Volney Kavanaugh loves sharing snapshots of his life. He turned 100-years-old, last year. They even named a street after him. Next year his younger sister may have a party of her own. "January 13th she will be one hundred years of age," says Volney. "And she's still kicking."
The Kavanaugh's aren't alone. A new study shows brothers and sisters of people over 100 live an average of 16 years longer than the rest of the us. "The brothers actually had a 17 times greater chance of getting to 100 themselves and the sisters about an eight and a half times great chance," says Dr. Thomas Perls, a Geneticist.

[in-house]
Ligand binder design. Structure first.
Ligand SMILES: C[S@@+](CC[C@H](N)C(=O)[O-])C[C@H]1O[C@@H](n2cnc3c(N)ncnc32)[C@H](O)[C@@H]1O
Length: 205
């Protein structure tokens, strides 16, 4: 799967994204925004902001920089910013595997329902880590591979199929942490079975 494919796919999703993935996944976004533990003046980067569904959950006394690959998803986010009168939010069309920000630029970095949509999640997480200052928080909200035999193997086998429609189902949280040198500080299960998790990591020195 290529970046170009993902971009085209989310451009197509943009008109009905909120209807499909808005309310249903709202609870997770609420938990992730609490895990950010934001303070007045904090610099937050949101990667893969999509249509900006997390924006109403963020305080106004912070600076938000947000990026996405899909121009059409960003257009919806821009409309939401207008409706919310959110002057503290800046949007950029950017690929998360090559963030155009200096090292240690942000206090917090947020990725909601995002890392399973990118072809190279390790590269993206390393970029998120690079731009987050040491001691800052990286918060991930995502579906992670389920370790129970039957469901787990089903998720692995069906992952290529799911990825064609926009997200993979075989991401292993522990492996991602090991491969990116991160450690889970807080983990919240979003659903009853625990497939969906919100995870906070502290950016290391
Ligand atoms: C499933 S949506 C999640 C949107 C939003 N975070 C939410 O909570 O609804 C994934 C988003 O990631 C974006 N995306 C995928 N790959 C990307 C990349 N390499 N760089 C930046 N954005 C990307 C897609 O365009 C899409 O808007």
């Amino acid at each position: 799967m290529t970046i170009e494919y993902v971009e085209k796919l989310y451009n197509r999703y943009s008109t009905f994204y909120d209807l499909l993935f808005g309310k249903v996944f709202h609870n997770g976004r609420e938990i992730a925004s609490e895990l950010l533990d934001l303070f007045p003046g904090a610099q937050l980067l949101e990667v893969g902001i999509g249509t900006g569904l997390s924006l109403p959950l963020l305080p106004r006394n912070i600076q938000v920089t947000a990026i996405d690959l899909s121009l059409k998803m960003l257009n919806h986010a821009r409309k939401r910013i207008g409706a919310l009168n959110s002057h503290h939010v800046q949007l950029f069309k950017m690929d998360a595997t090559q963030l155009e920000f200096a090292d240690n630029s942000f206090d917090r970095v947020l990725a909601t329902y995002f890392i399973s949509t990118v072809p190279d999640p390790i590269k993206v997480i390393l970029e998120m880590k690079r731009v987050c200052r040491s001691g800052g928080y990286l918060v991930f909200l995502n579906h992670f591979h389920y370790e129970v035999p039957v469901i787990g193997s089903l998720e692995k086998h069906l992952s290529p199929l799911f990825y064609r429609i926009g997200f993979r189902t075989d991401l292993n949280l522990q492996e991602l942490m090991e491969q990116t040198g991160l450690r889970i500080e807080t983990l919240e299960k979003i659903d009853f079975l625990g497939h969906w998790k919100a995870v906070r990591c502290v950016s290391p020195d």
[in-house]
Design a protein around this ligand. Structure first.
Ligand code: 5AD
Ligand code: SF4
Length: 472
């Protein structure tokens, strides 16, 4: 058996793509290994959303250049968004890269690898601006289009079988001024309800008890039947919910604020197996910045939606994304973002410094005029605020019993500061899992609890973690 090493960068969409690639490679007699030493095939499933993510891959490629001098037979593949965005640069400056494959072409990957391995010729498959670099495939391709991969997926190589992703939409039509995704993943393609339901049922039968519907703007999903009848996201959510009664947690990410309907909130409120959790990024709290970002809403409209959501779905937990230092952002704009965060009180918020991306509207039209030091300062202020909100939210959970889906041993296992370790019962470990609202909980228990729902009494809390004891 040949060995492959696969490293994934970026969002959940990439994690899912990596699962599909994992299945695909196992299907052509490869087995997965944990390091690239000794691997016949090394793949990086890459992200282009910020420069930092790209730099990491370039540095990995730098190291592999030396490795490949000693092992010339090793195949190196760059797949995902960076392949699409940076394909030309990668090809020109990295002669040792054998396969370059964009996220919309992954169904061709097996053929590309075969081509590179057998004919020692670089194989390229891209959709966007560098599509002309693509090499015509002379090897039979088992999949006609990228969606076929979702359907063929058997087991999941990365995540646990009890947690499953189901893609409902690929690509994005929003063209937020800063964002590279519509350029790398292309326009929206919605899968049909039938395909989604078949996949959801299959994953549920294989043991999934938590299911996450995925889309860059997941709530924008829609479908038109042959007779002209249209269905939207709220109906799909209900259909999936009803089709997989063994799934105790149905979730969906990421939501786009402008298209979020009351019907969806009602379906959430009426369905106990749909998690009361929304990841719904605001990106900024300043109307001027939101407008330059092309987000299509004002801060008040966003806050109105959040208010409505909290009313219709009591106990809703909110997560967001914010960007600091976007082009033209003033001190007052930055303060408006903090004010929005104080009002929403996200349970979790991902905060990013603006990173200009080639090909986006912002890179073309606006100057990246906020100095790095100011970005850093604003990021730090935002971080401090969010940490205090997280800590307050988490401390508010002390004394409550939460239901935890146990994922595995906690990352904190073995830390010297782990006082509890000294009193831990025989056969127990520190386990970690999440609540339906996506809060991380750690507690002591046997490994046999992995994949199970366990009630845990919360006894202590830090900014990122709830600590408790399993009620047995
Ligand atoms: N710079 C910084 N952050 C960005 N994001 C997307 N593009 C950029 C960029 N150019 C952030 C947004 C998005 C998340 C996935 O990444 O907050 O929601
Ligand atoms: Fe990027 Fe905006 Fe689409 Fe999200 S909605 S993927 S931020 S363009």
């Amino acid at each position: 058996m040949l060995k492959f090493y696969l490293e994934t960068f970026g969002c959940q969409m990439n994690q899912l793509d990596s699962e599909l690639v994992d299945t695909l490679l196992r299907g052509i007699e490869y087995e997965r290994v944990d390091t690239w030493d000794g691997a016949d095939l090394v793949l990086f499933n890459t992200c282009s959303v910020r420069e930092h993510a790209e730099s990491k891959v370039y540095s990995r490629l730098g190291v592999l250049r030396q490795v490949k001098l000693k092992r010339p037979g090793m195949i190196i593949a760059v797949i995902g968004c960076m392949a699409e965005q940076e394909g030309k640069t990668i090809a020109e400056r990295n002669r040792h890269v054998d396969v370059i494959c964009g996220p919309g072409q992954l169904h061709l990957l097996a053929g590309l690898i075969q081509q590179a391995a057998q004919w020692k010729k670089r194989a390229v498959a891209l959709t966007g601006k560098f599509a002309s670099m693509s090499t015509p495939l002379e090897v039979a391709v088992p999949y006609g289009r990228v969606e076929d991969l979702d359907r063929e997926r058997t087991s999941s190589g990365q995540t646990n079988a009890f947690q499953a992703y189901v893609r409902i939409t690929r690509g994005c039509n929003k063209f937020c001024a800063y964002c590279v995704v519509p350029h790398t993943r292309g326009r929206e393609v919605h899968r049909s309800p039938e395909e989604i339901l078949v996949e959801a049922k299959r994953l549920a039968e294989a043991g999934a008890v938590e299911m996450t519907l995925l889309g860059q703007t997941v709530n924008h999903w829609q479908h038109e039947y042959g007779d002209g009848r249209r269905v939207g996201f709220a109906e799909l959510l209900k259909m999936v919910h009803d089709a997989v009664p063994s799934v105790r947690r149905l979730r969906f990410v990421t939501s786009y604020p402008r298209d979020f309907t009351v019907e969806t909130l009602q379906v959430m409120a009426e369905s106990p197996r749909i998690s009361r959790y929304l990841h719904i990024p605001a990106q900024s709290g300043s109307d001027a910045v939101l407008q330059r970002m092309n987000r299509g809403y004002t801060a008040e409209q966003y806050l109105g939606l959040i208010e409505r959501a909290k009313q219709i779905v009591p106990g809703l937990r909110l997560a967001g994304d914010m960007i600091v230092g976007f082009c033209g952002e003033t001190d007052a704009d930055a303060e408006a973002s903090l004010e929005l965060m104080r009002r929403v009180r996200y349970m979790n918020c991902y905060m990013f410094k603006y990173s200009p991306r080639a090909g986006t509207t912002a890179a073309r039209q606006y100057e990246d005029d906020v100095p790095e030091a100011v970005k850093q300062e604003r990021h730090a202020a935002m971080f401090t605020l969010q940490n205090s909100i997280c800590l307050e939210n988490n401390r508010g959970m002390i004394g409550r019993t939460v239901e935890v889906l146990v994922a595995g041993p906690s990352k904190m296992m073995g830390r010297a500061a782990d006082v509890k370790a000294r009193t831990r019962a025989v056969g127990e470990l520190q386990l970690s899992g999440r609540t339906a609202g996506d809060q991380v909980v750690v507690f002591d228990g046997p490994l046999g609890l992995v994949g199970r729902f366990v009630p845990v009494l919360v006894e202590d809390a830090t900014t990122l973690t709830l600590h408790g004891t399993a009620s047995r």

The reason is that siblings share genetic and environmental factors the rest of the population may not. They probably have genes that protect them from diseases like Alzheimer's and stroke and cancer because the centenarians they live the vast majority of their life in excellent health.
Mr. Kavanaugh learned a long time ago as a boxer, genes aren't' the only secret to long life. "Keeping away from tobacco, keeping away from alcohol, keeping away from wild women," he says, not to mention a healthy diet and a loving wife.
While genes are important, Dr. Perls stresses a healthy lifestyle. He says most of us die ten years earlier than our genes are capable of. He notes that keeping your weight down, not smoking, and eating healthy could help you live up to twenty years longer.
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